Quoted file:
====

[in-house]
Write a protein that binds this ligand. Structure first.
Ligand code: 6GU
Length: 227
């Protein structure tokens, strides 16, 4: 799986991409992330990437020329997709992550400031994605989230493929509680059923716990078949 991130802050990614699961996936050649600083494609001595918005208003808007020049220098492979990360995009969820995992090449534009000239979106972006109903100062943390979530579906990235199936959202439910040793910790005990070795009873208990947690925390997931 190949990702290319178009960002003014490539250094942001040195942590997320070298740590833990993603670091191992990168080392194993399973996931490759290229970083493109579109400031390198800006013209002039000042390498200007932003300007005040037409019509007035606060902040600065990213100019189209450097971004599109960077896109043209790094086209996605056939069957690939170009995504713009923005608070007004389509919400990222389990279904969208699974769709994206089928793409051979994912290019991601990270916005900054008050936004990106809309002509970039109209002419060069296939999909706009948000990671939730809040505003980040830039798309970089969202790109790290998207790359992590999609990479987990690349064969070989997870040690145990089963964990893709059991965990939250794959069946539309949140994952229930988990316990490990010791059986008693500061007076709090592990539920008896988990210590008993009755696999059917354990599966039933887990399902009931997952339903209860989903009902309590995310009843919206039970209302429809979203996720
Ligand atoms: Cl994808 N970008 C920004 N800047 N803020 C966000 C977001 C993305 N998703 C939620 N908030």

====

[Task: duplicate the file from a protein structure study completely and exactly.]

[in-house]
Write a protein that binds this ligand. Structure first.
Ligand code: 6GU
Length: 227
């Protein structure tokens, strides 16, 4: 799986991409992330990437020329997709992550400031994605989230493929509680059923716990078949 991130802050990614699961996936050649600083494609001595918005208003808007020049220098492979990360995009969820995992090449534009000239979106972006109903100062943390979530579906990235199936959202439910040793910790005990070795009873208990947690925390997931 190949990702290319178009960002003014490539250094942001040195942590997320070298740590833990993603670091191992990168080392194993399973996931490759290229970083493109579109400031390198800006013209002039000042390498200007932003300007005040037409019509007035606060902040600065990213100019189209450097971004599109960077896109043209790094086209996605056939069957690939170009995504713009923005608070007004389509919400990222389990279904969208699974769709994206089928793409051979994912290019991601990270916005900054008050936004990106809309002509970039109209002419060069296939999909706009948000990671939730809040505003980040830039798309970089969202790109790290998207790359992590999609990479987990690349064969070989997870040690145990089963964990893709059991965990939250794959069946539309949140994952229930988990316990490990010791059986008693500061007076709090592990539920008896988990210590008993009755696999059917354990599966039933887990399902009931997952339903209860989903009902309590995310009843919206039970209302429809979203996720
Ligand atoms: Cl994808 N970008 C920004 N800047 N803020 C966000 C977001 C993305 N998703 C939620 N908030």